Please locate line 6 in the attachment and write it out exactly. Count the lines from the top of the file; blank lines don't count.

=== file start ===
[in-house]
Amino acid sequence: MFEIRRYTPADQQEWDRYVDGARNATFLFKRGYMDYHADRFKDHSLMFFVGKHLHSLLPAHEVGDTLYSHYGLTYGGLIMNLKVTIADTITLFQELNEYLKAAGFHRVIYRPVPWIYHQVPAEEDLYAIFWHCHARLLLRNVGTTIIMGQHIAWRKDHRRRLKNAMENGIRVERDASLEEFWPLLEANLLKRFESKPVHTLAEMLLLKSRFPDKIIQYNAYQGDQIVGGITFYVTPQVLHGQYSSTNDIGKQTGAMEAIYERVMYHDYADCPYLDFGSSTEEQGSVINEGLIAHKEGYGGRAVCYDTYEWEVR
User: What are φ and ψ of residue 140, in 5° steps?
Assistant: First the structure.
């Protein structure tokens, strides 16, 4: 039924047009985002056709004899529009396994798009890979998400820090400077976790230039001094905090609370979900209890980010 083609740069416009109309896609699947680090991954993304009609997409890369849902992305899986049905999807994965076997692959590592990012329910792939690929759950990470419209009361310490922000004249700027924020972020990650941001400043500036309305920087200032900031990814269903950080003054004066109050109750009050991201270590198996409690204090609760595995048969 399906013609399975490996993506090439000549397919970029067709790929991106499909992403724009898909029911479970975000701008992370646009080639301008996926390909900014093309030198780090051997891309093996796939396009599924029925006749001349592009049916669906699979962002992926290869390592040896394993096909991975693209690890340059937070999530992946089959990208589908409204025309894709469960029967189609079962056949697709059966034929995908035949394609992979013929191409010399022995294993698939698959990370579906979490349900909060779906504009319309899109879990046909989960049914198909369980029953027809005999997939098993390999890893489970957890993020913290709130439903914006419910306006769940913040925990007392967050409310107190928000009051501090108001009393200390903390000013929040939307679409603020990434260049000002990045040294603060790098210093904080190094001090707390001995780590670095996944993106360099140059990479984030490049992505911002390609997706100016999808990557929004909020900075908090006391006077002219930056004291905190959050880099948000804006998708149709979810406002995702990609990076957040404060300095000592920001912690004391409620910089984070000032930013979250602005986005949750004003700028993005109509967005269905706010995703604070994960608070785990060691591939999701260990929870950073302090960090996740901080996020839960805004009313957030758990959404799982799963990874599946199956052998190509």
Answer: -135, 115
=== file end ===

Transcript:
Answer: -135, 115